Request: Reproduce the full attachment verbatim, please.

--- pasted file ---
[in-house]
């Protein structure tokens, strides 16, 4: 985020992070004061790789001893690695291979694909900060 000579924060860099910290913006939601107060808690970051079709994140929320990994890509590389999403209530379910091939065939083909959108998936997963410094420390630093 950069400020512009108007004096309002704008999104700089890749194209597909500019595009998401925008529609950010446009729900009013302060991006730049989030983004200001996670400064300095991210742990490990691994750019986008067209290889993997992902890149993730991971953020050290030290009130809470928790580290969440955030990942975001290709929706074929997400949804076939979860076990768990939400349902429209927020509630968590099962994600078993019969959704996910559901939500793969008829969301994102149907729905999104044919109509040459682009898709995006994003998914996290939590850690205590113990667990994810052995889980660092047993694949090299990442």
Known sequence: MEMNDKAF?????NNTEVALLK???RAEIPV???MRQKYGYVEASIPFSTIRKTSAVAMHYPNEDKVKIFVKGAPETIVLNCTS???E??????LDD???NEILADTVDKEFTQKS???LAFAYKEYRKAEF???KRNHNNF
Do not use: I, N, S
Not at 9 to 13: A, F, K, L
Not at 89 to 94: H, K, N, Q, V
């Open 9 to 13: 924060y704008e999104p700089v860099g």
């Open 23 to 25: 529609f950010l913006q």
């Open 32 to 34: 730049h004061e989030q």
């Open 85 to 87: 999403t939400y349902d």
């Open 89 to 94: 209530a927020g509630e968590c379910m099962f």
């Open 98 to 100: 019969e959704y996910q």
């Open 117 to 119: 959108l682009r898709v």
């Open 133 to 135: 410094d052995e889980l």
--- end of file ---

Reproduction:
[in-house]
């Protein structure tokens, strides 16, 4: 985020992070004061790789001893690695291979694909900060 000579924060860099910290913006939601107060808690970051079709994140929320990994890509590389999403209530379910091939065939083909959108998936997963410094420390630093 950069400020512009108007004096309002704008999104700089890749194209597909500019595009998401925008529609950010446009729900009013302060991006730049989030983004200001996670400064300095991210742990490990691994750019986008067209290889993997992902890149993730991971953020050290030290009130809470928790580290969440955030990942975001290709929706074929997400949804076939979860076990768990939400349902429209927020509630968590099962994600078993019969959704996910559901939500793969008829969301994102149907729905999104044919109509040459682009898709995006994003998914996290939590850690205590113990667990994810052995889980660092047993694949090299990442």
Known sequence: MEMNDKAF?????NNTEVALLK???RAEIPV???MRQKYGYVEASIPFSTIRKTSAVAMHYPNEDKVKIFVKGAPETIVLNCTS???E??????LDD???NEILADTVDKEFTQKS???LAFAYKEYRKAEF???KRNHNNF
Do not use: I, N, S
Not at 9 to 13: A, F, K, L
Not at 89 to 94: H, K, N, Q, V
């Open 9 to 13: 924060y704008e999104p700089v860099g």
């Open 23 to 25: 529609f950010l913006q």
């Open 32 to 34: 730049h004061e989030q």
């Open 85 to 87: 999403t939400y349902d």
């Open 89 to 94: 209530a927020g509630e968590c379910m099962f």
């Open 98 to 100: 019969e959704y996910q």
């Open 117 to 119: 959108l682009r898709v």
């Open 133 to 135: 410094d052995e889980l």